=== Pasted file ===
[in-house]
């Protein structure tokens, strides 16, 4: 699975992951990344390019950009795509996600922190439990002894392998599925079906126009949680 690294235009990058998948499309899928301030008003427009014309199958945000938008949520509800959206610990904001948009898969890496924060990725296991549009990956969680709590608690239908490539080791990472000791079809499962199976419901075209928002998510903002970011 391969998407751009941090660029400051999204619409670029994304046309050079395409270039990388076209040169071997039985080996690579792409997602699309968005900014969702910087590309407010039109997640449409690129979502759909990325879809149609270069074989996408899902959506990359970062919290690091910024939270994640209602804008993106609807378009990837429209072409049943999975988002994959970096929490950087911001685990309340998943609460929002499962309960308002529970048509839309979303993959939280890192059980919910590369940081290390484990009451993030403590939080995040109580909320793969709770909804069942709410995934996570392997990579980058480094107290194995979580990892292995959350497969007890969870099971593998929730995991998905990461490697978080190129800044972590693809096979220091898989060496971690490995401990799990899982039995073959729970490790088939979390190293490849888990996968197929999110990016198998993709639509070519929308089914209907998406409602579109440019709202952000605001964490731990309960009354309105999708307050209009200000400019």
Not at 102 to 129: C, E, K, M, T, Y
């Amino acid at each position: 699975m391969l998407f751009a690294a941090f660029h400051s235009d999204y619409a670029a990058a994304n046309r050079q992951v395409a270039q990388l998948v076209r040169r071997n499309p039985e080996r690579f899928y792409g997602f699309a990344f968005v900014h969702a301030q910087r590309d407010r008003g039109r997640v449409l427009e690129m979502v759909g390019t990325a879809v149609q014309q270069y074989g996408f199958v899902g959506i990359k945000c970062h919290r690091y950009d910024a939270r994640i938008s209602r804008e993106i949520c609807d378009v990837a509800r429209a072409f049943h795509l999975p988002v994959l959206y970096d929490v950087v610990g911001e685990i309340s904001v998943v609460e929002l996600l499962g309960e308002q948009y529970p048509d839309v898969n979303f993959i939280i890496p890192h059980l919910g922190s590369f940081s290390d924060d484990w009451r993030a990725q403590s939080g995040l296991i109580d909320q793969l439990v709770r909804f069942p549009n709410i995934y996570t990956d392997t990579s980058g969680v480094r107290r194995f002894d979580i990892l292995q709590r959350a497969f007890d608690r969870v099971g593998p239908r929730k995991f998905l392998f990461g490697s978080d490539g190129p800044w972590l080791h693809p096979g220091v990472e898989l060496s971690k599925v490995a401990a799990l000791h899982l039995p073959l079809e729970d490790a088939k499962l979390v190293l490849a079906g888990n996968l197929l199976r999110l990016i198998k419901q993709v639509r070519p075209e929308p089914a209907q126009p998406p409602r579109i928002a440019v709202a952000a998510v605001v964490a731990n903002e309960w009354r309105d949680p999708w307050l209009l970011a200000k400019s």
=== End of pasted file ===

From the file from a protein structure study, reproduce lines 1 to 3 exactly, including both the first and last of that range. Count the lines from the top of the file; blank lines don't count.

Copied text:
[in-house]
């Protein structure tokens, strides 16, 4: 699975992951990344390019950009795509996600922190439990002894392998599925079906126009949680 690294235009990058998948499309899928301030008003427009014309199958945000938008949520509800959206610990904001948009898969890496924060990725296991549009990956969680709590608690239908490539080791990472000791079809499962199976419901075209928002998510903002970011 391969998407751009941090660029400051999204619409670029994304046309050079395409270039990388076209040169071997039985080996690579792409997602699309968005900014969702910087590309407010039109997640449409690129979502759909990325879809149609270069074989996408899902959506990359970062919290690091910024939270994640209602804008993106609807378009990837429209072409049943999975988002994959970096929490950087911001685990309340998943609460929002499962309960308002529970048509839309979303993959939280890192059980919910590369940081290390484990009451993030403590939080995040109580909320793969709770909804069942709410995934996570392997990579980058480094107290194995979580990892292995959350497969007890969870099971593998929730995991998905990461490697978080190129800044972590693809096979220091898989060496971690490995401990799990899982039995073959729970490790088939979390190293490849888990996968197929999110990016198998993709639509070519929308089914209907998406409602579109440019709202952000605001964490731990309960009354309105999708307050209009200000400019």
Not at 102 to 129: C, E, K, M, T, Y